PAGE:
Developing a truly representative carbon footprint for the real estate sector has been something of a challenge for the industry. Recent pushes from the bigger players have both served to highlight the trials ahead, as well as provide much-needed leadership for change.
Making comprehensive and substantial reductions in greenhouse gas (GHG) emissions throughout the sector is, however, still a daunting prospect. It is common knowledge that existing properties are in urgent need of mass-retrofit to reduce energy consumption, however, the carbon emitted to complete this must be duly considered when assessing the carbon impact of properties.
Revolutionizing current practice and decreasing overall emitted carbon, needed to achieve the targets expected from the sector, will require pressure from those at the top of the food chain to transform the design and manufacturing standard in the sector.
An Honest Starting Point
In order to set appropriate targets, businesses must initially develop an accurate appraisal of the status quo. GHG Protocol provides a world recognized methodology for assessing carbon emissions. GHG emitted should be allocated to direct, Scope 1, and indirect sources, Scopes 2 and 3. The diagram below produced by the GHG Protocol illustrates the categorization.
The real estate sector has shown a promising eagerness to mitigate their impact on climate change. With the knowledge that the construction and operation of buildings contribute around 40% of worldwide GHG emissions, the sense of responsibility is clear. Further drivers such as the EU Energy Efficiency Directive (EED) and the uptake of the GRESB assessment, have encouraged the reporting of carbon emissions across all three scopes.
Easier to define energy uses have, to date, been the area of focus for carbon accounting and target setting. Scope 1 and 2 emissions are typically easier to measure, as much of the complicated calculation work is carried out at a national level, through the definition of fuel and electricity carbon Intensities.
The real estate sector, however, is dominated by Scope 3 emissions, but these remain relatively ill-defined, and targets are few and far between. A survey recently carried out as part of the EU-backed Carbon Risk Real Estate Monitor (CRREM) project shows the relative consideration shown to Scope 3 emissions amongst European real estate investors, see the survey data in the graph below. The CRREM research consortium consists of five EU-based institutions experienced in the field of carbon research in real estate, including GRESB.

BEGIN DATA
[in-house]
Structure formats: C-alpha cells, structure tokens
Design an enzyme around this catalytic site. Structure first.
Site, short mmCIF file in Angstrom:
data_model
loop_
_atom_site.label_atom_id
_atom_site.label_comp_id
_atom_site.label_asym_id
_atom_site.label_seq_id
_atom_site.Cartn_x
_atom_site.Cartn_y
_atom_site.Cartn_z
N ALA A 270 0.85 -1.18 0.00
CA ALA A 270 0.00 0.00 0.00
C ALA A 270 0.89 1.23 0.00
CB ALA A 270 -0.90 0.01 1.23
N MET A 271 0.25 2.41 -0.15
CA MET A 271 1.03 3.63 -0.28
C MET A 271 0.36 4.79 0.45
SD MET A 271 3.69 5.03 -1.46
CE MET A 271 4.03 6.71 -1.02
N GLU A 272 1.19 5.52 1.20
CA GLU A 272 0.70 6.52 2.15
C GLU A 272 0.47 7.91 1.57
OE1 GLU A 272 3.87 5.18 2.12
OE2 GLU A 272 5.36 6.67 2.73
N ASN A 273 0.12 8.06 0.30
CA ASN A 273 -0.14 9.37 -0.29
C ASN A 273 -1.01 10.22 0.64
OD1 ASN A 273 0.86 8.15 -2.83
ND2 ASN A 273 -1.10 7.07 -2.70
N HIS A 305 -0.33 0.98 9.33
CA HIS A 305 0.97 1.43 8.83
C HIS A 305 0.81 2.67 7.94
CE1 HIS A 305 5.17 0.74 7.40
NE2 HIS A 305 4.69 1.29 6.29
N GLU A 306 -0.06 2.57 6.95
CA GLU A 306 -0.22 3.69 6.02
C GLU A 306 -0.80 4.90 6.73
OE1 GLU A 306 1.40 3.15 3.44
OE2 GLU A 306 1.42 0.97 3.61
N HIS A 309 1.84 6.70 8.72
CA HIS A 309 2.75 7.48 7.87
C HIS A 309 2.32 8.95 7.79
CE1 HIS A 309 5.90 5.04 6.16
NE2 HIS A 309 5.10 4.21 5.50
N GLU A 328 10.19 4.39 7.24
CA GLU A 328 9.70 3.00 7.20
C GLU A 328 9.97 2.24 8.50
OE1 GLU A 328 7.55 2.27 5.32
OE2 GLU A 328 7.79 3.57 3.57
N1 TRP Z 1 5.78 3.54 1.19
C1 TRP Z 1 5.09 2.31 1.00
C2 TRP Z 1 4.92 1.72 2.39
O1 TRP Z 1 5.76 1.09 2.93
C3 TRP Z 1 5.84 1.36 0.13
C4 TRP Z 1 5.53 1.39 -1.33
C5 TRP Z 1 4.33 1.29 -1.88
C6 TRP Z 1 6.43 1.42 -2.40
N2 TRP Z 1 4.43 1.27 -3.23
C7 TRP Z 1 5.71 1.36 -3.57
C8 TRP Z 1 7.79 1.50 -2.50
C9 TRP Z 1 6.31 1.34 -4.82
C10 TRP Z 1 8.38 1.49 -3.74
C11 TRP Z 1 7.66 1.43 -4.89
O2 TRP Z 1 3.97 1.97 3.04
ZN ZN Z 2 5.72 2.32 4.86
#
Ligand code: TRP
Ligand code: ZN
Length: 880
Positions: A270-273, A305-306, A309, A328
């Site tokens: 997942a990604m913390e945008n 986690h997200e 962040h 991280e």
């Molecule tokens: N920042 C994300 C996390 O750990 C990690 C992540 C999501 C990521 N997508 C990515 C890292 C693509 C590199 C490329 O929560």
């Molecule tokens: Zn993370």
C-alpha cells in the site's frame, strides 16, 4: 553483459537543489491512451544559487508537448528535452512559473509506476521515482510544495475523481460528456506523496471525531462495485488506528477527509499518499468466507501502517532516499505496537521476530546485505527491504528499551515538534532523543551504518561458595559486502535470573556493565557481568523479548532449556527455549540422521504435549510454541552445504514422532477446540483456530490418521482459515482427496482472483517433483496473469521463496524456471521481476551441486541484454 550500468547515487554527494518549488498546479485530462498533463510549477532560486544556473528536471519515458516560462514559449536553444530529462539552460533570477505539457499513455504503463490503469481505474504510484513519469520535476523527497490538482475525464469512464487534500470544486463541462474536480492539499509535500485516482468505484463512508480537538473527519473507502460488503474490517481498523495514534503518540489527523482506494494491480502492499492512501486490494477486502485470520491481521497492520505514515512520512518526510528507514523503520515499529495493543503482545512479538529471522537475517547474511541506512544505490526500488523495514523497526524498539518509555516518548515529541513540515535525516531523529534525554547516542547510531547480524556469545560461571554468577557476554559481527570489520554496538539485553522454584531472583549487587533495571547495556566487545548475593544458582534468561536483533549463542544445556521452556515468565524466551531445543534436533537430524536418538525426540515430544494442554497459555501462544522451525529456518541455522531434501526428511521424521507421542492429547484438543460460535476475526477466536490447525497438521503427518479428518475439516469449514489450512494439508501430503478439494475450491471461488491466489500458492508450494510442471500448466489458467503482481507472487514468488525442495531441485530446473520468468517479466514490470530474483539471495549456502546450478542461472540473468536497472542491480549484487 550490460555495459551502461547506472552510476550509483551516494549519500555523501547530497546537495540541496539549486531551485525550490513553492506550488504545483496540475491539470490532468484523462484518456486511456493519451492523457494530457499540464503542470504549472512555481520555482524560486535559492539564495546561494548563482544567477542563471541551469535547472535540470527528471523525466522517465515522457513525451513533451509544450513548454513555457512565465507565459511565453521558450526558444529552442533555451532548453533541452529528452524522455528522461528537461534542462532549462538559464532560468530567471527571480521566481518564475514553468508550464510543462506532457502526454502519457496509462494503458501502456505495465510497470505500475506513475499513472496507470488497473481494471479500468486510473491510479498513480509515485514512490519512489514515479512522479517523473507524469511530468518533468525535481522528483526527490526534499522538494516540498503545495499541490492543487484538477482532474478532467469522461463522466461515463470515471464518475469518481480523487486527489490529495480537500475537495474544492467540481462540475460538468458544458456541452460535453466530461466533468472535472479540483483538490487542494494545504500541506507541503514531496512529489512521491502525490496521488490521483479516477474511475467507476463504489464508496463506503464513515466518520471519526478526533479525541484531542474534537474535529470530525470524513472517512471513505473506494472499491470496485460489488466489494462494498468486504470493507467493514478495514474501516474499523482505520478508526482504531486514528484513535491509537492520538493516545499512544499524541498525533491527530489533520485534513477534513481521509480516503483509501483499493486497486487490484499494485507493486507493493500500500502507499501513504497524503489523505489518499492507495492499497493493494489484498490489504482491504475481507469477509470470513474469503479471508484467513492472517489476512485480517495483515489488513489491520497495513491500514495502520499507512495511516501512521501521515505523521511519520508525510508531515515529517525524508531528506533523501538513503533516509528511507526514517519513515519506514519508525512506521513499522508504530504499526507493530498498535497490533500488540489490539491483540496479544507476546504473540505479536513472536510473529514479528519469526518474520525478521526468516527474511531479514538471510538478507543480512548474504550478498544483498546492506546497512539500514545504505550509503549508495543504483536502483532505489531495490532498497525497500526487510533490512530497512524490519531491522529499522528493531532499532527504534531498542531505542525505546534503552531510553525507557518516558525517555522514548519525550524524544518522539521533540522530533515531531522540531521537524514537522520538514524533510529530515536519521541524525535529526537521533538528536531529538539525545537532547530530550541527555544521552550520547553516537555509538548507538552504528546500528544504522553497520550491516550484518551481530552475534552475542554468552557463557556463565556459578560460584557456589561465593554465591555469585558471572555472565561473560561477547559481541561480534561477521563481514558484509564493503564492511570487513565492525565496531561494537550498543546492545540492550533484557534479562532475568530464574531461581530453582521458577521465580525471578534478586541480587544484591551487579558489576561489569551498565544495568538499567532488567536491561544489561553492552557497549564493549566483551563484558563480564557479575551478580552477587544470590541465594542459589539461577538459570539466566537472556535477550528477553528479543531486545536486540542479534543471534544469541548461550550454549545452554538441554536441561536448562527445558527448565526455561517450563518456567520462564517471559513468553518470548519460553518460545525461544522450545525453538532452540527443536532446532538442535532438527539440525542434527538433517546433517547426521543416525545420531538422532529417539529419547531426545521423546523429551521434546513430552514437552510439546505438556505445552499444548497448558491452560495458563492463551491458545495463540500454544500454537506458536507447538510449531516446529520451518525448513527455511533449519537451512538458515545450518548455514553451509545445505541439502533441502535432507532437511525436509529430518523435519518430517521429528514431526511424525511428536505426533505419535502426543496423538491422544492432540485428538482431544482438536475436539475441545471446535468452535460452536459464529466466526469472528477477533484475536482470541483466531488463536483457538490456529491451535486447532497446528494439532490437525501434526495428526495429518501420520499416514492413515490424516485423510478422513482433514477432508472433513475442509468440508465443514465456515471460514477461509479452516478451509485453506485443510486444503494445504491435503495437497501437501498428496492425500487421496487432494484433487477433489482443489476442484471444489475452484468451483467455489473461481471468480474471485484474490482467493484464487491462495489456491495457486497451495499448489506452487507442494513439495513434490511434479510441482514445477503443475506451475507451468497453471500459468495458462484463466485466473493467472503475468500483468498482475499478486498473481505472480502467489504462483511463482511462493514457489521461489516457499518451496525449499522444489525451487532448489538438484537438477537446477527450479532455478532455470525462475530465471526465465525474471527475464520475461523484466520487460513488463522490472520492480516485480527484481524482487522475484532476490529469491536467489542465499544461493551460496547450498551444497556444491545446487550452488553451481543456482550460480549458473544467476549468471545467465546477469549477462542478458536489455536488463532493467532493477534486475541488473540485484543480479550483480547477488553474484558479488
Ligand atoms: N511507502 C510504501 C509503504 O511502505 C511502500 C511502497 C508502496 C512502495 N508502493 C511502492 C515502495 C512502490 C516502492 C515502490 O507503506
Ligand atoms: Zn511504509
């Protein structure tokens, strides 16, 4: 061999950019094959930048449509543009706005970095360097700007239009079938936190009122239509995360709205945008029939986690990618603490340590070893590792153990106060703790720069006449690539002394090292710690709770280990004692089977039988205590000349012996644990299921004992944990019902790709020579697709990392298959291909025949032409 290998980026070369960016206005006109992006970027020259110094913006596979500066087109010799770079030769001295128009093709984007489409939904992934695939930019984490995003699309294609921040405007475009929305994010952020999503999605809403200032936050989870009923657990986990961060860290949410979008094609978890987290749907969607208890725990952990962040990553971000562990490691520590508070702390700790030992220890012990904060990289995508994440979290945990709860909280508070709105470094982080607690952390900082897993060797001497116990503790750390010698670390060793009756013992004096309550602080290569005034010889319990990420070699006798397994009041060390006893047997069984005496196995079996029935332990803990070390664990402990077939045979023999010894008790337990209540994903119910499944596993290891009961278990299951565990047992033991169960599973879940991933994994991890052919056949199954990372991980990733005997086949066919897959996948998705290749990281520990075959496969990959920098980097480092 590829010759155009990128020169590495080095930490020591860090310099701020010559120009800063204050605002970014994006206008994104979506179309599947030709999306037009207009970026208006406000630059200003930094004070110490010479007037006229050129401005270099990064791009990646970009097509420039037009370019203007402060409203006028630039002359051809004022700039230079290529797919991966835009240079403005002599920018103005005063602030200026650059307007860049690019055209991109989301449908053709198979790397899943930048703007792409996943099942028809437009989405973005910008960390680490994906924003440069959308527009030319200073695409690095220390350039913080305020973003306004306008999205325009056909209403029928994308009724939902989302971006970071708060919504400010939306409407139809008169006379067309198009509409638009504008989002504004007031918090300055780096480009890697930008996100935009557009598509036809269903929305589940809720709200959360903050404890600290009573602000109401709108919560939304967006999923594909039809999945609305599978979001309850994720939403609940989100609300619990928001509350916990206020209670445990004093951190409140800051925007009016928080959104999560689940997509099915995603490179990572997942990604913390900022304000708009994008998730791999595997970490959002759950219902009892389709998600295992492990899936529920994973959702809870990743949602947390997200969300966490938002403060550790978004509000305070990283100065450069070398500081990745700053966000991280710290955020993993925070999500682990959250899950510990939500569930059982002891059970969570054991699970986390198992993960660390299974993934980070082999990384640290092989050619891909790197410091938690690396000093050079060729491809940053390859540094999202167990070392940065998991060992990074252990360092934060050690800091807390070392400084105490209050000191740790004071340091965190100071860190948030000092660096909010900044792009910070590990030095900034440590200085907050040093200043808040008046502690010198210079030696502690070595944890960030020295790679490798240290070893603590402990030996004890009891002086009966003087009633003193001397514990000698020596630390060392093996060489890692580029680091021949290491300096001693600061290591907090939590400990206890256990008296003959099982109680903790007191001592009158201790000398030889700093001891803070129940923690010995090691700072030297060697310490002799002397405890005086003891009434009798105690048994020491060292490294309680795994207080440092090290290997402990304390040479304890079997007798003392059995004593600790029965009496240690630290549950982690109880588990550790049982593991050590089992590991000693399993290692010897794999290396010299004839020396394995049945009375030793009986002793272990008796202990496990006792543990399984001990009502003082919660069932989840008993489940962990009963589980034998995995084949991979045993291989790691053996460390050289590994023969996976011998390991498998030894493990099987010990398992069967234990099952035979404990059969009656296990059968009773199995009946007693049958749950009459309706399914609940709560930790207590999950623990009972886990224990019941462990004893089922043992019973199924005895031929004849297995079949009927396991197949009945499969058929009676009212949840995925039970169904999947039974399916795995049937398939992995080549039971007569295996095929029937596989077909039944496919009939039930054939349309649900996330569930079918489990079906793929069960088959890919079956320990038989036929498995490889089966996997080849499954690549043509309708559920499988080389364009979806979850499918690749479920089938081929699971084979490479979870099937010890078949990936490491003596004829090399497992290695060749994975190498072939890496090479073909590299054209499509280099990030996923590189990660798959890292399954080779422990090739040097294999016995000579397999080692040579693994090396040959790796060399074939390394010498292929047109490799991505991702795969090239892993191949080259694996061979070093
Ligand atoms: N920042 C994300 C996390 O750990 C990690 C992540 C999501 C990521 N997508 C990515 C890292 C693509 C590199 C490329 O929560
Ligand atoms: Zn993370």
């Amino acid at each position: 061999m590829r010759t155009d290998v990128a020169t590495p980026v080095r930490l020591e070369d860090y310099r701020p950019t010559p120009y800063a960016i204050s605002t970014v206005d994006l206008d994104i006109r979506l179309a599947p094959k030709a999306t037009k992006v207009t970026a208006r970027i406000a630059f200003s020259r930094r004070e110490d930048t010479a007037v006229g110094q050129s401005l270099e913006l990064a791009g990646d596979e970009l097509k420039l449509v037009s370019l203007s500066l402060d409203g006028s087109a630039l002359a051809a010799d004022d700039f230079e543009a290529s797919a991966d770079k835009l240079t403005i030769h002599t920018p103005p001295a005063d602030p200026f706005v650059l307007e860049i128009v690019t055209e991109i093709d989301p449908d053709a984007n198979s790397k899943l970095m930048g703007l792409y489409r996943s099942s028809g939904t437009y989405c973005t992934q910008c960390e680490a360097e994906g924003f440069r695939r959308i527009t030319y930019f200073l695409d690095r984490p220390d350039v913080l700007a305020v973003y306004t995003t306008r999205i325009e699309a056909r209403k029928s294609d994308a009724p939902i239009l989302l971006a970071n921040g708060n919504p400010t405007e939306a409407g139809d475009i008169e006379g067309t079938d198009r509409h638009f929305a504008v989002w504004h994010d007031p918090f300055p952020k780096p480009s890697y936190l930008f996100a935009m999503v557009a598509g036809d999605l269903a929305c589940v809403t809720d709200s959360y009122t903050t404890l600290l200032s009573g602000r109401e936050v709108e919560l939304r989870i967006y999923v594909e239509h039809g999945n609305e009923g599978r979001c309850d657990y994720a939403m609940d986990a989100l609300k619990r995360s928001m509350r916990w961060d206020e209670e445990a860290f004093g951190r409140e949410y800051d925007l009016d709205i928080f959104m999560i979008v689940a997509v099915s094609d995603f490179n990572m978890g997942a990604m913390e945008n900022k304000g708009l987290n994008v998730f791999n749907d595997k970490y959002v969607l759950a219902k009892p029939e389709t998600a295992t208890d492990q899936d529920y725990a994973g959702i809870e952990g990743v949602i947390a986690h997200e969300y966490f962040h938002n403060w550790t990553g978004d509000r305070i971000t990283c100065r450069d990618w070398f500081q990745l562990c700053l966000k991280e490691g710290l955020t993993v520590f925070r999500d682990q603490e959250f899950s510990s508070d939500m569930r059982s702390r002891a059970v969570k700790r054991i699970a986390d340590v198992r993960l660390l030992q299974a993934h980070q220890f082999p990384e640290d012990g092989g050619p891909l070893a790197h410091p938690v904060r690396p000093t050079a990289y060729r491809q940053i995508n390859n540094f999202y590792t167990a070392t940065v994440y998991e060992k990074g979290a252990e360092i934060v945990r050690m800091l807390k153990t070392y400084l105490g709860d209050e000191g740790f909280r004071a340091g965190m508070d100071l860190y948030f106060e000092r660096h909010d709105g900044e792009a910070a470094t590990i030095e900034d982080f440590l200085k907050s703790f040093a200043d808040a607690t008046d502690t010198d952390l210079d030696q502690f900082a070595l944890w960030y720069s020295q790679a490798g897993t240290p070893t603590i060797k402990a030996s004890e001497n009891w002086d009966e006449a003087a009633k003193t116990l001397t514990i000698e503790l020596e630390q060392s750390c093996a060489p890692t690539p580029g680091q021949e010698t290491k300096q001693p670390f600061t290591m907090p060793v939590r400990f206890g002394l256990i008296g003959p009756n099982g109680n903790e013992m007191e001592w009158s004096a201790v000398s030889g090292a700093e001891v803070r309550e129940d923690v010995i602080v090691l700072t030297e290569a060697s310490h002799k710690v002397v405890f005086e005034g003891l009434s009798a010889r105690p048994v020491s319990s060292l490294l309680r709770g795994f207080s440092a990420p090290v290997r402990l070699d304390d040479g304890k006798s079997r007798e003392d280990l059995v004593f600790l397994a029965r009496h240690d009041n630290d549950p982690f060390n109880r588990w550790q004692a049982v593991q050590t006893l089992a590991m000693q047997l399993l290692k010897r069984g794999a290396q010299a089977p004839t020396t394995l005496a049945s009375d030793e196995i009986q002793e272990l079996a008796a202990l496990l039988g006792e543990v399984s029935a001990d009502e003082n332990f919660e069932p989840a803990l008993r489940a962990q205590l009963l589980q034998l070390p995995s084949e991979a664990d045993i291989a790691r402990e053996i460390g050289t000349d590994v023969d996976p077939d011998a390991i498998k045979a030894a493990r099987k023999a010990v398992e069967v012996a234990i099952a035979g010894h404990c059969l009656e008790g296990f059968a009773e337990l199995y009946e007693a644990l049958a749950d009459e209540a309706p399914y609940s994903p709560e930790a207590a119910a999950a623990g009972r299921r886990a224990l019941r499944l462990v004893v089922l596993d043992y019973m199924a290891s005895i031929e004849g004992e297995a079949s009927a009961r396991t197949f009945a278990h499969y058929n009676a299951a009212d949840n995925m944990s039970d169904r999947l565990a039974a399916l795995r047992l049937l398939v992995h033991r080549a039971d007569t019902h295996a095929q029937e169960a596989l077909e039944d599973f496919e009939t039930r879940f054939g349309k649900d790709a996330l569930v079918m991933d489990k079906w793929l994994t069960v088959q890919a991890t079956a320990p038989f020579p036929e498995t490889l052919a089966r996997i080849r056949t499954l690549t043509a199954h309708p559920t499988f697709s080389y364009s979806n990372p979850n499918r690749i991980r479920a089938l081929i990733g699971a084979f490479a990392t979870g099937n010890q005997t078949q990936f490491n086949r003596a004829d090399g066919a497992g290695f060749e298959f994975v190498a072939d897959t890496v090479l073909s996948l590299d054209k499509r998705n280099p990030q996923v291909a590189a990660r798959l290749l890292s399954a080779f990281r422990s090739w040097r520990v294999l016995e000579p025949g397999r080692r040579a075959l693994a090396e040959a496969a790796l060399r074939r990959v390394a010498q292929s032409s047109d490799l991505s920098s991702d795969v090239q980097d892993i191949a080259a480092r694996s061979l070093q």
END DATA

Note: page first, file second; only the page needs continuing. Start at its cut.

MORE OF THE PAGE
The reason for the lack of scrutiny around Scope 3 emissions is that they are messier than Scopes 1 and 2, and their responsibility is not easily delineated. But, as is typical with an unmanageable prospect, the problem should be broken down into more concise and understandable parts, and by doing so will allow asset managers, developers, energy consultants and others in development teams to assign appropriate responsibility and control.
Narrowing Down the Problem
Scope 3 emissions are further sub-divided into several categories by the GHG Protocol. The variety and scale of these categories make the task of accurately estimating the quantity of carbon within them, a significant undertaking for companies who choose to report on it. However, GHG Protocol guidance on Scope 3 outlines that those undertaking an assessment need only report on those categories most relevant to their business activities.